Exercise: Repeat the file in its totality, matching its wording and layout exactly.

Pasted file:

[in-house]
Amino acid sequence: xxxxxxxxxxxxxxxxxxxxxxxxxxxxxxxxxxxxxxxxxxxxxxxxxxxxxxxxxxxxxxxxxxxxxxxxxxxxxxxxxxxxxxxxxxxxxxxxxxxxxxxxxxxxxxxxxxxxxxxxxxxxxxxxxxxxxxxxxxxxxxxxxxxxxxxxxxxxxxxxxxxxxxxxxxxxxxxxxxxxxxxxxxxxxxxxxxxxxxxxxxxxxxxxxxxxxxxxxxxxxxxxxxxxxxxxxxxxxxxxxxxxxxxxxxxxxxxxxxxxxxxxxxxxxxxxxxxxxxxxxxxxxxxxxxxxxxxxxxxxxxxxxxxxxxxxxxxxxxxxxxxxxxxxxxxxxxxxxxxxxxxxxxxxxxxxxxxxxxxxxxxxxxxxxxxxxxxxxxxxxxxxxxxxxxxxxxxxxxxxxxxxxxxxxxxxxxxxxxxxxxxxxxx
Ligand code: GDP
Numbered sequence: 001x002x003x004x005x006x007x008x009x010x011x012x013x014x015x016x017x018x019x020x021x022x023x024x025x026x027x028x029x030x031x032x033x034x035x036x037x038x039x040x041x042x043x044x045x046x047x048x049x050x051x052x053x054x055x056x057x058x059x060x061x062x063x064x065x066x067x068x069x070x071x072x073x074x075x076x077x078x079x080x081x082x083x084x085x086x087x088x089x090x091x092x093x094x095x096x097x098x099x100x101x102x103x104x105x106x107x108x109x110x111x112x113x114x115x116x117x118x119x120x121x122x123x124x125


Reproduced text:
[in-house]
Amino acid sequence: xxxxxxxxxxxxxxxxxxxxxxxxxxxxxxxxxxxxxxxxxxxxxxxxxxxxxxxxxxxxxxxxxxxxxxxxxxxxxxxxxxxxxxxxxxxxxxxxxxxxxxxxxxxxxxxxxxxxxxxxxxxxxxxxxxxxxxxxxxxxxxxxxxxxxxxxxxxxxxxxxxxxxxxxxxxxxxxxxxxxxxxxxxxxxxxxxxxxxxxxxxxxxxxxxxxxxxxxxxxxxxxxxxxxxxxxxxxxxxxxxxxxxxxxxxxxxxxxxxxxxxxxxxxxxxxxxxxxxxxxxxxxxxxxxxxxxxxxxxxxxxxxxxxxxxxxxxxxxxxxxxxxxxxxxxxxxxxxxxxxxxxxxxxxxxxxxxxxxxxxxxxxxxxxxxxxxxxxxxxxxxxxxxxxxxxxxxxxxxxxxxxxxxxxxxxxxxxxxxxxxxxxxxx
Ligand code: GDP
Numbered sequence: 001x002x003x004x005x006x007x008x009x010x011x012x013x014x015x016x017x018x019x020x021x022x023x024x025x026x027x028x029x030x031x032x033x034x035x036x037x038x039x040x041x042x043x044x045x046x047x048x049x050x051x052x053x054x055x056x057x058x059x060x061x062x063x064x065x066x067x068x069x070x071x072x073x074x075x076x077x078x079x080x081x082x083x084x085x086x087x088x089x090x091x092x093x094x095x096x097x098x099x100x101x102x103x104x105x106x107x108x109x110x111x112x113x114x115x116x117x118x119x120x121x122x123x124x125